MOSCOW (Dow Jones Newswires), March 10, 2011
Lukoil posted a 27% rise in fourth quarter net profit boosted by higher oil prices and said it plans to stabilize oil production at its mature fields in West Siberia.
Faced with limited access to new strategic reserves in Russia and one of the harshest tax oil regimes in the world, Lukoil has seen its output fall in recent years. As a consequence, the company presented a new strategy at the end of 2009 aimed at increasing free cash flow and scaling back output growth plans.
But Lukoil said Thursday it now hopes to reverse the declining output through increased spending on its upstream business and applying new technology.
"We hope to give new life to mature fields in West Siberia with the use of new technologies," Lukoil's Chief Executive Vagit Alekperov said at an investor meeting in New York.
Lukoil plans to stabilize output in West Siberia--the company's biggest production region developed in Soviet times--within the coming three years, Alekperov said. The company's daily production stood at 1.94 million barrels last year, over half of which came from West Siberia.
Alekperov also said Lukoil is interested in U.S. shale gas projects and hopes to partner with U.S. companies to explore North American shale gas fields and eventually bring that technology to use "in Russia and third countries."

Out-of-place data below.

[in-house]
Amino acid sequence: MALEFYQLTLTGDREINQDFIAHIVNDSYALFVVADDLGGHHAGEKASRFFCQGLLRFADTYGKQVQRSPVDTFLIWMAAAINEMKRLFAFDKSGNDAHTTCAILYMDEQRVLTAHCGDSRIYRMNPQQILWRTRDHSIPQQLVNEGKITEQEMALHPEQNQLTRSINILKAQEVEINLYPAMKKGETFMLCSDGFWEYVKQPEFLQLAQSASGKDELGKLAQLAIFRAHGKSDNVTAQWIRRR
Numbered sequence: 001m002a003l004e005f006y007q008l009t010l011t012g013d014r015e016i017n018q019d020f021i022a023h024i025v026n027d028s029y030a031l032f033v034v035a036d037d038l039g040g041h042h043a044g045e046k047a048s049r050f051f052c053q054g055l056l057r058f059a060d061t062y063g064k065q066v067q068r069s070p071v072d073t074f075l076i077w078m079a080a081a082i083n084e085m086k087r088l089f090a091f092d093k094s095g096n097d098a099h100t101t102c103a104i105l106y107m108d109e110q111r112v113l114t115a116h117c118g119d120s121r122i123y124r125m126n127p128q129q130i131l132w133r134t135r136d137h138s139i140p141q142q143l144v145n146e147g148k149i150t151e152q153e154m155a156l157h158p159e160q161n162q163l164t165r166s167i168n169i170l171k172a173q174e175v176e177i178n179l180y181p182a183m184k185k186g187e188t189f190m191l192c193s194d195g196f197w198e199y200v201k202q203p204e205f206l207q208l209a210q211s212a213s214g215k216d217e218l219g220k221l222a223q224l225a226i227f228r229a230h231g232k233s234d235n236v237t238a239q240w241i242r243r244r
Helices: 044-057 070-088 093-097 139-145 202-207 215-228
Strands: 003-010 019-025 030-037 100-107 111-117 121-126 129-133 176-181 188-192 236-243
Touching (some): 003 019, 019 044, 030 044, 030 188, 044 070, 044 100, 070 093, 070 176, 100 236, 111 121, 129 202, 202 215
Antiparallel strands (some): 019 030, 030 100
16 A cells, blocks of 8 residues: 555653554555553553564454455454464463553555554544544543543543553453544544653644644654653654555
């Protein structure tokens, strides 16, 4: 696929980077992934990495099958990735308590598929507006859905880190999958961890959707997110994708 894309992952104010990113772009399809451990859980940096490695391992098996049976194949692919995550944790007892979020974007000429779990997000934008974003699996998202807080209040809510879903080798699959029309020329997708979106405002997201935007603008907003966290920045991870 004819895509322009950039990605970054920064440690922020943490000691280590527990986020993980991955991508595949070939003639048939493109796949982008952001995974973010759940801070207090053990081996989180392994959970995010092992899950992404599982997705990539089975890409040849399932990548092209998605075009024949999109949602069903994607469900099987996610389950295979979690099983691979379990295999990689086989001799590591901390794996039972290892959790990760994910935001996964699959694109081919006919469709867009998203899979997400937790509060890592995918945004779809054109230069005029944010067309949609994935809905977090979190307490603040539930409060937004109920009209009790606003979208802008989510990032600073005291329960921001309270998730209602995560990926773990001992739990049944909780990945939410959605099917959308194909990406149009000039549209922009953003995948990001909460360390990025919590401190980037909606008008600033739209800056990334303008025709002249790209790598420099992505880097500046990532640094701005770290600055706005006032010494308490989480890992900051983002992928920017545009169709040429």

Lukoil's net profit for the last three months of last year under U.S. Generally Accepted Accounting Principles totaled $2.19 billion, compared with $1.73 billion in the same period a year earlier, according to calculations made by Dow Jones Newswires based on full-year figures.
That was below a forecast of $2.45 billion from a Dow Jones Newswires survey of seven analysts.
Lukoil said the results were affected by $392 million in impairment charges relating to upstream properties in Russia and goodwill write-off related to its Turkish marketing subsidiary, Akpet.
The growth in global oil prices helped drive revenue higher by 18% in the period to $28.68 billion from $24.28 billion a year earlier, while earnings before interest, taxation, depreciation and amortization, or Ebitda, rose to $4.06 billion from $3.24 billion.
Lukoil's shares underperformed the overall Russian equity market last year, as investors remained skeptical of the company's ability to increase free cash flow and pay higher dividends. But the stock has gained close to 20% in the last three months, compared with a 14% gain for the Micex index.
Lukoil's shares closed 2.9% lower at 1983.5 rubles each in Moscow, in line with the overall market.
"Several factors--including accelerating crude oil production decline in Russia, political instability in the regions of core greenfields, and pressure on downstream margins domestically--may raise concerns regarding Lukoil's financial performance going forward," said TKB Capital analyst Evgenia Dyshlyuk.
Copyright (c) 2011 Dow Jones & Company, Inc.
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